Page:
Cleveland Clinic’s PR team reacts to shout-out during presidential debate

President Obama praised the organization on Wednesday. We got the PR team’s reaction.


President Obama is clearly a big fan of Cleveland Clinic. And he told 58 million people so on Wednesday night.

In case you can’t see the video, here’s what he had to say about it during the first debate of the season:

“So, at Cleveland Clinic, one of the best health care systems in the world, they actually provide great care cheaper than average. And the reason they do is because they do some smart things. They say, if a patient’s coming in, let’s get all the doctors together at once, do one test instead of having the patient run around with 10 tests. Let’s make sure that we’re providing preventive care so we’re catching the onset of something like diabetes. Let’s pay providers on the basis of performance as opposed to on the basis of how many procedures they’ve engaged in.”

We couldn’t help but think: What did the PR team at Cleveland Clinic think about this big shout-out?

“We didn’t expect it,” Eileen Sheil, executive director of corporate communications for Cleveland Clinic says. “He came to visit in 2009, and he’s mentioned us a few times before publicly. But we were thrilled to hear him last night.”

Sheil received more than 100 messages on her BlackBerry from employees, board members, friends, and patients on Wednesday night.

Why the special mention?

“We’re connected to the conversation about health care reform, and we’re vocal in the conversation in Washington,” Sheil says, “but we also have a unique model of care.”

That model is physician based. That means physicians are employees of Cleveland Clinic. Each doctor and even the CEO are on a one-year contract. Because physicians are salaried, there’s no financial gain for them to run multiple tests or perform a lot surgeries on patients, which can drive up the overall cost of health care.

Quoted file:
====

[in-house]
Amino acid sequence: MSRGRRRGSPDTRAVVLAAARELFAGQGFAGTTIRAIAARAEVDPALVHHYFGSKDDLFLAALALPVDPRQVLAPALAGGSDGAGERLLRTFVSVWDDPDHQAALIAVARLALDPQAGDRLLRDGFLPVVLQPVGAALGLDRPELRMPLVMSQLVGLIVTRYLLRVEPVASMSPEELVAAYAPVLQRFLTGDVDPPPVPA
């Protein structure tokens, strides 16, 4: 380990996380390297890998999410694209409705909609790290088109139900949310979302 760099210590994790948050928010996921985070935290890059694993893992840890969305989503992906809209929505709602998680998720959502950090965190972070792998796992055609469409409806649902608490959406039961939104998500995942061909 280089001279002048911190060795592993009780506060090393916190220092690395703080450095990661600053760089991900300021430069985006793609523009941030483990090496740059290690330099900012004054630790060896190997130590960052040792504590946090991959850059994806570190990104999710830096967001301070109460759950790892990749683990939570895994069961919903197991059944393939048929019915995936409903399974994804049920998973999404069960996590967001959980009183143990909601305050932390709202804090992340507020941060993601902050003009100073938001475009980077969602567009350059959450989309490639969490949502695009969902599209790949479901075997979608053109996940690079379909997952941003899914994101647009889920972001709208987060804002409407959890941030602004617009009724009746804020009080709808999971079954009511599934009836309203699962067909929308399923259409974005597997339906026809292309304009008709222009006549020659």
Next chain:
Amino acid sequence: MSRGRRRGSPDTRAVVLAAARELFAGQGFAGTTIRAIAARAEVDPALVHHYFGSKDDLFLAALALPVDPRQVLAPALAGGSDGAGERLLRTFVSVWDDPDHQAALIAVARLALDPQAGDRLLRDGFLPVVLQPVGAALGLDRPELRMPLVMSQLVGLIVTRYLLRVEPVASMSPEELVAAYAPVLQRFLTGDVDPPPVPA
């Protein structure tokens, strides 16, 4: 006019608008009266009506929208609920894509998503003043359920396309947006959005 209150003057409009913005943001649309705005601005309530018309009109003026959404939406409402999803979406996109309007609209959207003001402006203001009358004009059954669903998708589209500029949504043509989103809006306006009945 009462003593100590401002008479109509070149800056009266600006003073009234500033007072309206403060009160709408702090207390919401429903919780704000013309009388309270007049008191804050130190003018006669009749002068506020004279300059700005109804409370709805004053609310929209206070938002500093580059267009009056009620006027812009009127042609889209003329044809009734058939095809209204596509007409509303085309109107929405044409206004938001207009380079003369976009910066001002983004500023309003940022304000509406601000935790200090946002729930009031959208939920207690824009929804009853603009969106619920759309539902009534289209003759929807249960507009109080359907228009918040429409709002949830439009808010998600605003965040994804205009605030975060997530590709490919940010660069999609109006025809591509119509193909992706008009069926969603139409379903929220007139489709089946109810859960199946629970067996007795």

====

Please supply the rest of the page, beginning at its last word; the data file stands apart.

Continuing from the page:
“The incentive is to do what’s right for the patient,” Sheil says.

Turnover for the more than 3,000 physicians is low. The board of governors (usually physicians), spends about 8,000 hours a year in peer performance reviews.

Keying on wellness

Besides its physician-based model, Cleveland Clinic emphasizes wellness.

Cleveland Clinic is the first health organization to hire a chief patient experience officer and a wellness officer. Smoking is banned on campus, yoga classes are offered on the rooftop, and you won’t find a fryer in the kitchen.

To acknowledge Obama’s mention, Sheil and her team emailed around a thank-you letter to its 42,000 employees, acknowledging them for their hard work. There’s a possibility Cleveland Clinic might publicly acknowledge this salute from Obama on its Facebook page and Twitter account soon.

“We don’t want to use this as promotion, but more like a ‘thank you’ for the recognition,” Sheil says. “It’s pretty neat when the president of the United States says something nice about you.”

And a nod to Mayo Clinic

Also during the debate, Mayo Clinic was acknowledged by former Gov. Mitt Romney, the Republican nominee. Bryan Anderson, who works in Mayo Clinic’s department of public affairs, offered this nonpartisan statement:

“Our continuous innovation and efforts to drive value in health care are an examples for the public sector and we stand ready to assist the next president—no matter who wins the election—in delivering high quality and efficient care for all Americans.”

Jessica Levco is co-editor of Health Care Communications News, a sister site of PR Daily.

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